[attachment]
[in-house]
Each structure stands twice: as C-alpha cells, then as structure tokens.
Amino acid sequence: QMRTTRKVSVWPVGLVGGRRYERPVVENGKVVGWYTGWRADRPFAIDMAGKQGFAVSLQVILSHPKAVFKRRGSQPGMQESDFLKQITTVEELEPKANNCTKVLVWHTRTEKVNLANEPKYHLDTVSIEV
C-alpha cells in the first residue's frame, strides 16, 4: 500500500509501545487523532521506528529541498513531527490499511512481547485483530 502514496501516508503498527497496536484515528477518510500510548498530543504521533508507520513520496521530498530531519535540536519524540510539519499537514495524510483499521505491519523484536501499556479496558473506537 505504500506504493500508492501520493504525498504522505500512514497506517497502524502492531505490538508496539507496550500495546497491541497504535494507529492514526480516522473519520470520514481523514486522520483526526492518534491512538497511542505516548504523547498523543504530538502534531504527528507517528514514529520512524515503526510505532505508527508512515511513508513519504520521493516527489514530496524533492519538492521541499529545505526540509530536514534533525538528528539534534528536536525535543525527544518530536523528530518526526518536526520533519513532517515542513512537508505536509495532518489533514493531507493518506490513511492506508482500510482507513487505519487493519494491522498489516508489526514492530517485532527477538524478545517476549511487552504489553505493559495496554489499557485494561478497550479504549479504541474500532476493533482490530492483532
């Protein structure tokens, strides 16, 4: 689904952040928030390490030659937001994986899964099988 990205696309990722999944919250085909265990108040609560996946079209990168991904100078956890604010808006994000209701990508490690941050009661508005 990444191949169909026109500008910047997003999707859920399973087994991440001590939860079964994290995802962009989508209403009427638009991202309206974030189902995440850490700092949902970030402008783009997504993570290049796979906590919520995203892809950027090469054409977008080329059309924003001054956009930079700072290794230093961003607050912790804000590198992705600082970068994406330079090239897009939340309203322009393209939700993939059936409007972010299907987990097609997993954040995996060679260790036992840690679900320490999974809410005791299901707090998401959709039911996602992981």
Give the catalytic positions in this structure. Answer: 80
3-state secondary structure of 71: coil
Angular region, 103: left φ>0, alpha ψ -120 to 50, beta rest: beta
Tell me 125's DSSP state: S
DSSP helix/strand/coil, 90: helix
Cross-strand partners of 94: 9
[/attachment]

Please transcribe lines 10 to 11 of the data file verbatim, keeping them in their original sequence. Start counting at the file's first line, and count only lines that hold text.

DSSP helix/strand/coil, 90: helix
Cross-strand partners of 94: 9